In our system, grand juries take every charge, every lie, and they try to sort the truth from the lies, and then they move forward into the system. And that's how the system ought to work. We should respect the secrecy of the grand jury so they can sort through what's true and what's not. And someone is leaking, and if they are leaking from the grand jury investigation, then that's a violation of the law.
Death, however, does itch. It itches all the time. It is always with us, scratching at some inner door. Mirroring, softly, barely audibly, just under the membrane of consciousness. Hidden in disguise, leaking out in a variety of symptoms. It is the wellspring of many of our worries, stresses, and conflicts.
Irvin D. Yalom
When I open them, most of the books have the smell of an earlier time leaking out between the pages - a special odor of the knowledge and emotions that for ages have been calmly resting between the covers. Breathing it in, I glance through a few pages before returning each book to its shelf.
Hatred. Something almost as physical as walls, pianos, or nurses. She could almost touch the destructive energy leaking out of her body. She allowed the feeling to emerge, regardless of whether it was good or bad; she was sick of self-control, of masks, of appropriate behavior. Veronika wanted to spend her remaining two or three days of life behaving as inappropriately as she could.
Subtly, in the little ways, joy has been leaking out of our lives. The small pleasures of the ordinary day seem almost contemptible, and glance off us lightly...Perhaps it's a good time to reconsider pleasure at its roots. Changing out of wet shoes and socks, for instance. Bathrobes. Yawning and stretching. Real tomatoes.
Childbirth is a wonderful thing, but the reality is that it can dramatically change a woman's body. SUI occurs when the vaginal wall weakens and cannot provide adequate support to the urethra, thus causing leaking. The good news is that women with SUI have many different treatment options available to them.
When what you do is play characters, every day, all day, I wasn't really interested in playing a pop star on the weekends. I wanted to be myself, and it slowly turned into not being me at all, so I just didn't really see the point. If the music actually happens, at some point, it will be because some underground following happened, or some little elves heard it and were leaking it.
The U.S. Government hasn't maintained secrecy regarding UFOs. It's been leaking out all over the place. But the way it's been handled is by denial, by denying the truth of the documents that have leaked. By attempting to show them as fraudulent, as bogus of some sort. There has been a very large disinformation and misinformation effort around this whole area. And one must wonder, how better to hide something out in the open than just to say, 'It isn't there. You're deceiving yourself if you think this is true.' And yet, there it is right in front of you.
You need me, just whistle," he said as he arranged his ball cap over his eyes against the sun leaking through the frost-emptied branches. "You're not coming?" Lifting the brim of his cap, he eyed me, "You want me to?" he asked blandly. "Not really, no." He dropped the brim and laced his hands over his middle. "Then why are you bitching? It's a crime scene, not a grocery store.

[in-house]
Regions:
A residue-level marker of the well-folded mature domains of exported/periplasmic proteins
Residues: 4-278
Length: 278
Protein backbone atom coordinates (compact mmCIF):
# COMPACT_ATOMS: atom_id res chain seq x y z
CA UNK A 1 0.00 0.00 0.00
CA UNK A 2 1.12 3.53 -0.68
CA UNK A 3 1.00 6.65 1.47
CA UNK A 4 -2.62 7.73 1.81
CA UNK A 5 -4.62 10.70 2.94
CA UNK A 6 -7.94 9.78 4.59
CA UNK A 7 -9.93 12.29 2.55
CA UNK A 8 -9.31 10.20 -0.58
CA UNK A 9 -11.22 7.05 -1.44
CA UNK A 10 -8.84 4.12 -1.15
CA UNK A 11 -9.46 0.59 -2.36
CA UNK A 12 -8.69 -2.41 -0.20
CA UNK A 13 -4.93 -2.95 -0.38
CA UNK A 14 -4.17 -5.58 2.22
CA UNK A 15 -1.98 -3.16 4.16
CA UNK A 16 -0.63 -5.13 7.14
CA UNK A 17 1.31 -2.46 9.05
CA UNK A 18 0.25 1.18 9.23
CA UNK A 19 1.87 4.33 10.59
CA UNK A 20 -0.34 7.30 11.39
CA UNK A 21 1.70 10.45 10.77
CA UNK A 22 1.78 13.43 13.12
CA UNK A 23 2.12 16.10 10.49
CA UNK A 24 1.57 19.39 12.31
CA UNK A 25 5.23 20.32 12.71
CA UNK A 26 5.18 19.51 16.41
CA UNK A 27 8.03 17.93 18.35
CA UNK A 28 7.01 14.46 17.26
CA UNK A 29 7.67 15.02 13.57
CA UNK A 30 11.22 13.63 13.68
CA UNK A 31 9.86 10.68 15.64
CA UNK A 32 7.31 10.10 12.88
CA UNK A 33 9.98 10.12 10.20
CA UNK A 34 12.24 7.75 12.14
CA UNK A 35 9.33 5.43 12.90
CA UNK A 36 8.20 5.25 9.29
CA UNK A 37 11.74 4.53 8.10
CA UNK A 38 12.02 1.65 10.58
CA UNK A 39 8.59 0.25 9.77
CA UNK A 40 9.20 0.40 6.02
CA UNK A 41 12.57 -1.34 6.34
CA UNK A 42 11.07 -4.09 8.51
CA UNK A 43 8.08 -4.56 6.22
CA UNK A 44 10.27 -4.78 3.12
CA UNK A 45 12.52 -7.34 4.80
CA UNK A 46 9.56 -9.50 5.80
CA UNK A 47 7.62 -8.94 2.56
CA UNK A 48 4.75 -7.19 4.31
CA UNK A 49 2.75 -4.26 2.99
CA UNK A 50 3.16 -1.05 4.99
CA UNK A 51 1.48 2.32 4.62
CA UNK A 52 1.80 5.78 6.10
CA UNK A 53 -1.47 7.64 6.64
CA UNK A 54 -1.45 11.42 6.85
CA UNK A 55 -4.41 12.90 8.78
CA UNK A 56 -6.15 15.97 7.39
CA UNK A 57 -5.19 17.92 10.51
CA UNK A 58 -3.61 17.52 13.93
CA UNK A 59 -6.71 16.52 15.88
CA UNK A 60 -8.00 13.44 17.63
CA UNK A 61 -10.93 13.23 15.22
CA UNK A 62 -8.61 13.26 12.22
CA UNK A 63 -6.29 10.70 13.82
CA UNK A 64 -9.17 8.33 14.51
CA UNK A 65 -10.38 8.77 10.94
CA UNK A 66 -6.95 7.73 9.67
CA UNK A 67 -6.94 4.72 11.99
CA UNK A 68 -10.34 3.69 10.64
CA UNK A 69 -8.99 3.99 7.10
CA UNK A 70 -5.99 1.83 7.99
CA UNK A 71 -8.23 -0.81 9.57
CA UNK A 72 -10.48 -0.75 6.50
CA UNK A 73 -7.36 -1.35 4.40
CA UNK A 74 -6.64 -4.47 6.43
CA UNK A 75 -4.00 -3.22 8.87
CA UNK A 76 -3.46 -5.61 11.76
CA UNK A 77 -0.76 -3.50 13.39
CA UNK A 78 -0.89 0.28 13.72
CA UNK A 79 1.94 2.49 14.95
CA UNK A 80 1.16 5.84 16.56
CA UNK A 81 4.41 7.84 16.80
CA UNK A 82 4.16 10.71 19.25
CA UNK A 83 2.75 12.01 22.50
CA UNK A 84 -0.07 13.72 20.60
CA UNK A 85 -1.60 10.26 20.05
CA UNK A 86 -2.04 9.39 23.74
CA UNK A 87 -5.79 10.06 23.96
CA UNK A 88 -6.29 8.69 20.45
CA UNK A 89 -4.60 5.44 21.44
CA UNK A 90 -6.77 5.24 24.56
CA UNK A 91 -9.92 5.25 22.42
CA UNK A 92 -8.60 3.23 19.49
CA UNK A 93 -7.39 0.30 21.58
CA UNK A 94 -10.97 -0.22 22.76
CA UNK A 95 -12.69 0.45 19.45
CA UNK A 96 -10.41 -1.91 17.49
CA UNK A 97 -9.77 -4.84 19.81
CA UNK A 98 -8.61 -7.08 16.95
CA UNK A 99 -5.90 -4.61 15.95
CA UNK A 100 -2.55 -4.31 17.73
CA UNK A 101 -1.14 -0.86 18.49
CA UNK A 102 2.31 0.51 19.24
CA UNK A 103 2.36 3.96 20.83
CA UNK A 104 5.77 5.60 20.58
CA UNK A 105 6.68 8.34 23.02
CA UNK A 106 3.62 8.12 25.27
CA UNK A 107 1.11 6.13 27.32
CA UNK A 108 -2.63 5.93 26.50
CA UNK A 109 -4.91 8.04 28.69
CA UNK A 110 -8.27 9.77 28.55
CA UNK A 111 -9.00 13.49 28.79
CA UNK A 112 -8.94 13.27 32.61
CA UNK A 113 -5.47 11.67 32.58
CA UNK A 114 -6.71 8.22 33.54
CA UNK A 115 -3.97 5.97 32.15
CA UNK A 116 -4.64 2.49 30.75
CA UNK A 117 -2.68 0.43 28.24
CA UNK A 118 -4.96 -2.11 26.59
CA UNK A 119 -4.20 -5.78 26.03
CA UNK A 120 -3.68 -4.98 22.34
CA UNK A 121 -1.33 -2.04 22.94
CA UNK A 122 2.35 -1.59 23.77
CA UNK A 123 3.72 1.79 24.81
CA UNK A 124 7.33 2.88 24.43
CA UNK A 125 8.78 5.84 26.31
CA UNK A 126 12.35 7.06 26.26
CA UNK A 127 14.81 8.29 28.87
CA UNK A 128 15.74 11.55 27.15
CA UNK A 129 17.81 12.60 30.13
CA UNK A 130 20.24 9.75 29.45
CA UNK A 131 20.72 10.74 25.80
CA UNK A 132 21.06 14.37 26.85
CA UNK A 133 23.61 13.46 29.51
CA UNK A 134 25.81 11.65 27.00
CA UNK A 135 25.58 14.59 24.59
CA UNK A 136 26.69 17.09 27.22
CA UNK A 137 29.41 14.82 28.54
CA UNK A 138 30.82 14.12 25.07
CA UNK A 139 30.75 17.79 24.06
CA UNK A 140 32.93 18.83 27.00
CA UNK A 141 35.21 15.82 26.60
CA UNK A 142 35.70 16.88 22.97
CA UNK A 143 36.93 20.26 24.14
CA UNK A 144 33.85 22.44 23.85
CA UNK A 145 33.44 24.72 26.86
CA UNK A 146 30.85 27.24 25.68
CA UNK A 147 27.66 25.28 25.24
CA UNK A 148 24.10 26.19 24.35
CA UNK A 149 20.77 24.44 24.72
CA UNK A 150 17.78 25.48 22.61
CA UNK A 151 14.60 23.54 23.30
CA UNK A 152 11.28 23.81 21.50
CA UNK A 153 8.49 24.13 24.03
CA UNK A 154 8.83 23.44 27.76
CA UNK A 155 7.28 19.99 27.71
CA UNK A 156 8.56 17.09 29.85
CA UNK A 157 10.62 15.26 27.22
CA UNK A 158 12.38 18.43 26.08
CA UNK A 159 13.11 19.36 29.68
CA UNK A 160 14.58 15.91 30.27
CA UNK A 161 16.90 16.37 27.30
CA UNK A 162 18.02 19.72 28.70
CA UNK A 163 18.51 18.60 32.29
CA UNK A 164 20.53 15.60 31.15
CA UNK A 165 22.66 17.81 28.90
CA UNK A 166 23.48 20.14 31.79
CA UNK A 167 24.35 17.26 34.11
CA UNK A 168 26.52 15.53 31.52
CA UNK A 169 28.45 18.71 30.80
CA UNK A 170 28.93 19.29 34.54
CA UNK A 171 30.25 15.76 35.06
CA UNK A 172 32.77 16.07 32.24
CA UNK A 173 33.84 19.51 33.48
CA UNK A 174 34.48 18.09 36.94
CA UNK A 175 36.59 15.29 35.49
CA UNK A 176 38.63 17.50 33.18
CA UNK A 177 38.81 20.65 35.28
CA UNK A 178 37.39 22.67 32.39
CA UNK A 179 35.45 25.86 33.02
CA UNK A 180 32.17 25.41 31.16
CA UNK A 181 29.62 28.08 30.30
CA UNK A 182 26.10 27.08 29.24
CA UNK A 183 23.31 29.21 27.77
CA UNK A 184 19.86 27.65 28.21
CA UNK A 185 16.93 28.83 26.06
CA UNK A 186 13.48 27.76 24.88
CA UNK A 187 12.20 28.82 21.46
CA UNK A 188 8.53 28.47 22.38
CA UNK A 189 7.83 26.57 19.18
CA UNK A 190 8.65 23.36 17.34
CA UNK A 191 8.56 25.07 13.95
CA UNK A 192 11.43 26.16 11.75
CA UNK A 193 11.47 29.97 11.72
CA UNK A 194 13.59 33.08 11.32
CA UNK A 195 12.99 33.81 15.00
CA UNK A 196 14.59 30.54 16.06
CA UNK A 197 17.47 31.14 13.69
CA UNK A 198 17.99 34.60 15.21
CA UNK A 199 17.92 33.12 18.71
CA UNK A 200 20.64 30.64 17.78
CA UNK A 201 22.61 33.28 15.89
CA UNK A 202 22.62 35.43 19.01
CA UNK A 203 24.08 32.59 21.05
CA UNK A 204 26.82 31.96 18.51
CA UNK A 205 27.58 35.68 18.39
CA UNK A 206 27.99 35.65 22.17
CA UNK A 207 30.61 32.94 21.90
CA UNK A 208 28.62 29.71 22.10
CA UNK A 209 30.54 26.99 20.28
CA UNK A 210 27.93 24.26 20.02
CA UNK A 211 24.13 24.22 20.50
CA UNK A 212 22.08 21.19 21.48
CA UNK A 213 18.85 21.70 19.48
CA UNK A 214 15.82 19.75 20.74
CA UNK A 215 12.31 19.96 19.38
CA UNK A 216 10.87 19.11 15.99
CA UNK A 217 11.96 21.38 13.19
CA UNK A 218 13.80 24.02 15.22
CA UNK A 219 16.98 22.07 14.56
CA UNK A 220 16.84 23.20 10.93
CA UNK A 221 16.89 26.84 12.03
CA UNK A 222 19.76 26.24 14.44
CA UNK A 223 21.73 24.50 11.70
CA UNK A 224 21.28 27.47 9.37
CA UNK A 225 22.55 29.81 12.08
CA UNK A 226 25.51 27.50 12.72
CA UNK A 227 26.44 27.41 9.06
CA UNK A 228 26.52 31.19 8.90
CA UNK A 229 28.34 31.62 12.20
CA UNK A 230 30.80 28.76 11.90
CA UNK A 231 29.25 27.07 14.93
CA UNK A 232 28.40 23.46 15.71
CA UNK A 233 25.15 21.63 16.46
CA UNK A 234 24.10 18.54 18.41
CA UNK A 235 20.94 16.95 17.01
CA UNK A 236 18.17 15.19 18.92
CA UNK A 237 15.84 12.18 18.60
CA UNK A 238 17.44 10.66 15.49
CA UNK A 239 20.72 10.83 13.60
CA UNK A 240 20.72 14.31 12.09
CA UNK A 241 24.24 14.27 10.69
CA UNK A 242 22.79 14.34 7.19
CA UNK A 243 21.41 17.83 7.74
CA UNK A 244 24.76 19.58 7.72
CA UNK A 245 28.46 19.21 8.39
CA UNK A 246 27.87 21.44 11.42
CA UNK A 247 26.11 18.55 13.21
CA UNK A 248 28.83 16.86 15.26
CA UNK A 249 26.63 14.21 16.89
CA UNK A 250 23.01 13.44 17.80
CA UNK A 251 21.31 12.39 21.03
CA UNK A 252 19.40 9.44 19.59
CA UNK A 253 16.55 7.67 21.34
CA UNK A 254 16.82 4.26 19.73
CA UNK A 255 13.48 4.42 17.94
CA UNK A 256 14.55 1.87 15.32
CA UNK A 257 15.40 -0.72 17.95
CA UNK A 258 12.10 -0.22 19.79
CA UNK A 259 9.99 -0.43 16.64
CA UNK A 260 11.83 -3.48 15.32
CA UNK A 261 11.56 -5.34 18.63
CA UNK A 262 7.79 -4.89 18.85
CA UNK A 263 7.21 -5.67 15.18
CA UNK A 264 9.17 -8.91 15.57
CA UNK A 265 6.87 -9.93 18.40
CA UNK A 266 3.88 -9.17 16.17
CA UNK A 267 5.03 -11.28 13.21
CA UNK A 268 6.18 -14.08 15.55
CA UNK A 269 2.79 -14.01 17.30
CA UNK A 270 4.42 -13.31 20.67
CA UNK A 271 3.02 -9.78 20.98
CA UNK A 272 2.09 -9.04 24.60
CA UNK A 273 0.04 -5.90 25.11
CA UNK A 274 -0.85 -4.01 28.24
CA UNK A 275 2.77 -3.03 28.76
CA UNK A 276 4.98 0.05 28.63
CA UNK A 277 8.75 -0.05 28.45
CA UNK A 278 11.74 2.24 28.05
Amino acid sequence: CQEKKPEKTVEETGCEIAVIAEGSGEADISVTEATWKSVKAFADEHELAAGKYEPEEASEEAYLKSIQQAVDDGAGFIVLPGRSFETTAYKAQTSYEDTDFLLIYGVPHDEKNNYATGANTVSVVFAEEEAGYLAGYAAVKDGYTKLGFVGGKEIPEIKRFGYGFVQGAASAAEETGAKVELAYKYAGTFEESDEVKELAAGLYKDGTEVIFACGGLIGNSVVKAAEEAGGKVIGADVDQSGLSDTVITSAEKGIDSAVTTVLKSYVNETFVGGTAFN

The trickle-down theory of economics has it that it's good for rich people to get even richer because some of their wealth will trickle own, through their no doubt lavish spending, upon those who stand below them on the economic ladder. Notice that the metaphor is not that of a gushing waterfall but of a leaking tap: even the most optimistic endorsers of this concept do not picture very much real flow, as their language reveals" pg. 102.
I've grown up with an ethic, call it a part, that insists I hide my pain at all costs. As I talk, I feel this pain leaking out-not just the core symptom of BPD, but all the years of being blamed or ignores for my condition, and all the years I've blamed others for how I am. It's the pain of being told I was too needy even as could never get the help I needed.
Kiera Van Gelder
I've always been aware of the otherworld, of spirits that exist in that twilight place that lies in the corner of our eyes, of fairie and stranger things still that we spy only when we're not really paying attention to them, whispers and flickering shadows, here one moment, gone the instant we turn our heads for a closer look. But I couldn't always find them. And when I did, for a long time I thought they were only this excess of imagination that I carry around inside me, that somehow it was leaking out of me into the world.
Charles de Lint
We need to send hundreds of millions of dollars down to our public high schools, vocational colleges, and community colleges to begin training people in the green-collar work of the future - things like solar-panel installation, retrofitting buildings that are leaking energy, wastewater reclamation, organic food, materials reuse and recycling.
To my embarrassment, I was crying again. Real girl tears for the second time, these ones born out of frustration. That didn't happen to me very often, but I hated it when it did. It was faulty wiring in the female body, tear ducts attached directly to the frustration meter. Trying to explain to men that no, I wasn't being manipulative, I just couldn't stop my eyes from leaking salt water, only added to the aggravation.
So many humans. So many colours. They keep triggering inside me. They harass my memory. I see them tall in their heaps, all mounted on top of each other. There is air like plastic, a horizon like setting glue. There are skies manufactured by people, punctured and leaking, and there are soft, coal-coloured clouds, beating, like black hearts. And then. There is death. Making his way through all of it. On the surface: unflappable, unwavering. Below: unnerved, untied, and undone.